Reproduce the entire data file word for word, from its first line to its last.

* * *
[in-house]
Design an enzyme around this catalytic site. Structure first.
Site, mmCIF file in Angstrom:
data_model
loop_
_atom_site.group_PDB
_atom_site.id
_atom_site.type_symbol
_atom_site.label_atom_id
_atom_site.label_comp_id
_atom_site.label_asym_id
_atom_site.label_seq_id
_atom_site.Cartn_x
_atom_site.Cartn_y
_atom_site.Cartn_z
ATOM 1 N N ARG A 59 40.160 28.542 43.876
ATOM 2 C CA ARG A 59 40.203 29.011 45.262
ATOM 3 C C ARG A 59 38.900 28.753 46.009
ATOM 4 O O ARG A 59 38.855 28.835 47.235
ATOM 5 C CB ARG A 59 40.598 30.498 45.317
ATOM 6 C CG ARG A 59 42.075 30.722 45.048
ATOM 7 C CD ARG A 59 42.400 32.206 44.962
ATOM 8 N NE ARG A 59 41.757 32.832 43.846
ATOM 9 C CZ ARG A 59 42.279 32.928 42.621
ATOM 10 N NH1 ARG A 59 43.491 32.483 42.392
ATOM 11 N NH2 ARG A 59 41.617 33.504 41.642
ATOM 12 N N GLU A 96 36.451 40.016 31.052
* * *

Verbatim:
[in-house]
Design an enzyme around this catalytic site. Structure first.
Site, mmCIF file in Angstrom:
data_model
loop_
_atom_site.group_PDB
_atom_site.id
_atom_site.type_symbol
_atom_site.label_atom_id
_atom_site.label_comp_id
_atom_site.label_asym_id
_atom_site.label_seq_id
_atom_site.Cartn_x
_atom_site.Cartn_y
_atom_site.Cartn_z
ATOM 1 N N ARG A 59 40.160 28.542 43.876
ATOM 2 C CA ARG A 59 40.203 29.011 45.262
ATOM 3 C C ARG A 59 38.900 28.753 46.009
ATOM 4 O O ARG A 59 38.855 28.835 47.235
ATOM 5 C CB ARG A 59 40.598 30.498 45.317
ATOM 6 C CG ARG A 59 42.075 30.722 45.048
ATOM 7 C CD ARG A 59 42.400 32.206 44.962
ATOM 8 N NE ARG A 59 41.757 32.832 43.846
ATOM 9 C CZ ARG A 59 42.279 32.928 42.621
ATOM 10 N NH1 ARG A 59 43.491 32.483 42.392
ATOM 11 N NH2 ARG A 59 41.617 33.504 41.642
ATOM 12 N N GLU A 96 36.451 40.016 31.052